I should also mention that we translated this recipe from weight (ie. grams and ounces) to imperial volume measurements (cups). We figured that not everyone has a scale but everyone in the United States has cups or tablespoons. I was having one of those days where I just got off of a 5 day straight work week. That’s 60+ hours for those not in the industry. My brain couldn’t figure out how to convert it easily. For those who wanted to know, 80 grams of flour is about 4/5 of a cup by weight. No one has 1/5 cup so that means you have to some measurement that everyone has. That is as simple as finding out how many tablespoons that are (16*(4/5)) or 12.8 tablespoons. That’s 3/4 of a cup plus .8 tablespoons (good luck measuring that) or just round up to 3/4 cup + 1 tablespoon. I must have jotted down about 6 equations and crossed them all out in an attempt to make sense of it all. Meanwhile, Nicole just did it without thinking about it and she was right. I had just gotten the poo brain and gotten all confused. This is why you’ll see the weird measurements in this recipe. If you do have a scale we can give you the weight measurements if you want, just don’t be put off by them.
Oh! I should add, if you don’t have a madeleine pan, just use a muffin tin! We tested a few different pans out and the muffin tin was by far the winner!
Pumpkin MadeleinesPrint This
- 1/3 Cup Butter
- 3 TBS Pumpkin Puree
- 2 Eggs
- 6 TBS Castor Sugar*
- 1 TBS Molasses (or honey if you prefer)
- 3/4 Cup + 1 TBS Flour
- 1 tsp Baking Powder
- 1/4 tsp Salt
- 1/4 tsp Cinnamon
Brown the butter by cooking it in a saucepan on med-low heat until it turns amber in color. Let cool. Mix with pumpkin puree. Set aside.
In a mixer bowl, add the eggs, sugar, and molasses. Beat until pale and fluffy.
In a separate bowl, whisk together flour, baking powder, salt, and cinnamon.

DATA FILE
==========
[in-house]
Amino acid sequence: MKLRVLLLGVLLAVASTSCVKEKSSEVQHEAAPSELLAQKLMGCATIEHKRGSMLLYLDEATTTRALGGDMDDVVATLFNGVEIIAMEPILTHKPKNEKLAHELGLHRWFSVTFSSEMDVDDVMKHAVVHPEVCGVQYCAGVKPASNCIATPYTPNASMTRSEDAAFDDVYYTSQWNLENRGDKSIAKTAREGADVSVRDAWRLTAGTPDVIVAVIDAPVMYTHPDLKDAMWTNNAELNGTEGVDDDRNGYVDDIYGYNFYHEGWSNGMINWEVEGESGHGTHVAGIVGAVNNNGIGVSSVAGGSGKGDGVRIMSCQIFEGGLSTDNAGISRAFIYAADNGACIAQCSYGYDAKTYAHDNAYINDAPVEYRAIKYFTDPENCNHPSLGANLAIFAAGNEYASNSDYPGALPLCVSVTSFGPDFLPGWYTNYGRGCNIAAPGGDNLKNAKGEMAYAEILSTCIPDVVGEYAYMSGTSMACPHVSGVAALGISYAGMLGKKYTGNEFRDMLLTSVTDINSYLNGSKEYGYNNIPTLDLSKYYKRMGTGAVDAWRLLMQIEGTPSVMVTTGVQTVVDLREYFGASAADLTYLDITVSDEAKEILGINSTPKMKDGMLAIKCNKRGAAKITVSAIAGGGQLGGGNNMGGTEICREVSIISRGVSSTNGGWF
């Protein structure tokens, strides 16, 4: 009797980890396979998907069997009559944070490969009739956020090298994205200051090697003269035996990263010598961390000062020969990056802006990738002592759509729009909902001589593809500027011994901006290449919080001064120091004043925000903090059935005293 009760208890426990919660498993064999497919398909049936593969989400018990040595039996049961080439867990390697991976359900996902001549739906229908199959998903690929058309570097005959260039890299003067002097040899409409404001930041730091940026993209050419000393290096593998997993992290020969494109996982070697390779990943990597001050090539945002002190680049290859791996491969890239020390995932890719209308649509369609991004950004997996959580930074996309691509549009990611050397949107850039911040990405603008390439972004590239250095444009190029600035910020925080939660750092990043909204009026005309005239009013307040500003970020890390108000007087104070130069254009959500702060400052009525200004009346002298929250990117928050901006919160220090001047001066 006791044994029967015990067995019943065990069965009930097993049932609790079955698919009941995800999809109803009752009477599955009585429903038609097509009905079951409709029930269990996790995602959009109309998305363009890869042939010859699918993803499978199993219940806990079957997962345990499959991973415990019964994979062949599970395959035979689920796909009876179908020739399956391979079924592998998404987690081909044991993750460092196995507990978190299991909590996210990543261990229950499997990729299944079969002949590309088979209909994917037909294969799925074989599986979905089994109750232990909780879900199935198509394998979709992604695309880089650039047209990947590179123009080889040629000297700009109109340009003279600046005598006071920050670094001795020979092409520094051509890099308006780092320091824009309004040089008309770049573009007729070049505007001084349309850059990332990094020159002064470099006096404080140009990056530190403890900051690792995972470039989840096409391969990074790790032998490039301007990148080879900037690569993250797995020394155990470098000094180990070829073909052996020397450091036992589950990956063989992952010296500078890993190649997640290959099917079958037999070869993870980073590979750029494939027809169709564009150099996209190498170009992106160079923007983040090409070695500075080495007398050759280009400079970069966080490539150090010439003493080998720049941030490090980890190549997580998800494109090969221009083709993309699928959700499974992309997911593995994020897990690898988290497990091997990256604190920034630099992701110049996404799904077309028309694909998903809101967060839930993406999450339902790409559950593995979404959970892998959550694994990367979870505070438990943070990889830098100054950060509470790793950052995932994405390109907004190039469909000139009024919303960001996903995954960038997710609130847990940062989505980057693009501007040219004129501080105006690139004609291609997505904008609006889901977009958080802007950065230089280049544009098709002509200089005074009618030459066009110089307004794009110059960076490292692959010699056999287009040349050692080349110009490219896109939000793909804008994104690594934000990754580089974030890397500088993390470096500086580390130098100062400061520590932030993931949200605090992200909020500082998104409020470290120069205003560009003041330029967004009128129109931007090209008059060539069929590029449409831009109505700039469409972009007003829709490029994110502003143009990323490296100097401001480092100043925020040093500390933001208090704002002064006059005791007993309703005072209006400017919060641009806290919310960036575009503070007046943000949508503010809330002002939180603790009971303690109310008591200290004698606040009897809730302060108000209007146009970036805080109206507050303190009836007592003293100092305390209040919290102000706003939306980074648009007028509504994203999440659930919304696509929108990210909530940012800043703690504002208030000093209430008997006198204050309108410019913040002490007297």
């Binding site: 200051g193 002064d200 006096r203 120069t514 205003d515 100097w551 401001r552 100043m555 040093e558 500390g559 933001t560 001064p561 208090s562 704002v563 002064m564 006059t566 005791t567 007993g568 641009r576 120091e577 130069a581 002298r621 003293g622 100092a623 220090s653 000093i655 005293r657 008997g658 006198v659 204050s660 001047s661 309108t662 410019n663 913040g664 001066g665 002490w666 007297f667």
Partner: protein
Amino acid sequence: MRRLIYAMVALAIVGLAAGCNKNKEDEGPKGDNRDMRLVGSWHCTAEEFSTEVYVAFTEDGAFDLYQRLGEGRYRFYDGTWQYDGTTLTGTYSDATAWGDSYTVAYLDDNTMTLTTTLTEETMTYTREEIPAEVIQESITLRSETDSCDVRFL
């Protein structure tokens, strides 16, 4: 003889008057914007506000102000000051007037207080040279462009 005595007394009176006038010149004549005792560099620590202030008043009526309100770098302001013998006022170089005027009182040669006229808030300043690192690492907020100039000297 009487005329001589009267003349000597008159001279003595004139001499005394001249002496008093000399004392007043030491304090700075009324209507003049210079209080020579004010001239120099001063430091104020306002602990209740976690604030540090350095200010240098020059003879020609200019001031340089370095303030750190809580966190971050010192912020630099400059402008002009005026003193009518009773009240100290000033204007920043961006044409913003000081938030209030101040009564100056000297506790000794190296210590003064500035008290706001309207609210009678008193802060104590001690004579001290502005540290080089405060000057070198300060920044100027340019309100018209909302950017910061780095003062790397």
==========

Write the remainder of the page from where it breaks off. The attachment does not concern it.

Mix the dry into the egg mixture until almost incorporated. Add in the butter/pumpkin mixture and stir until the batter is smooth. Set in the fridge overnight or a minimum of one hour.**
Once your batter has chilled, preheat your oven to 400 degrees. Butter and flour your madeleine pan.*** Evenly spoon or pipe the batter into the tin. This recipe will make exactly 12!
Bake for 10-12 minutes or until slightly golden brown, the bellies have puffed, and a toothpick inserted comes out clean. Best if eaten hot/warm, so get to it!!
*If you can't find castor sugar (or just don't want to buy it), just buzz up some sugar in a food processor or blender until it is super fine. THEN measure your tablespoons. We used a Magic Bullet for this and it worked perfectly! **If you have a piping bag lying around, hold your batter in it. It will be MUCH easier to squeeze into the pan. ***If you don't have one, use a muffin tin!
I hope you now get to experience a little bit of my amazing Madeline memory as your cakes come out of the oven. Once you’ve had them hot, you’ll soon realize how superior they are to room temperature or baked the previous day. Nicole and I agree that these are best eaten within 10 minutes, but are still good the next day warmed gently in a low oven. If you’ve been following our October pumpkin series fear not! Our last one will not be a sweet treat but rather something to calm your savory cravings.
Until next week,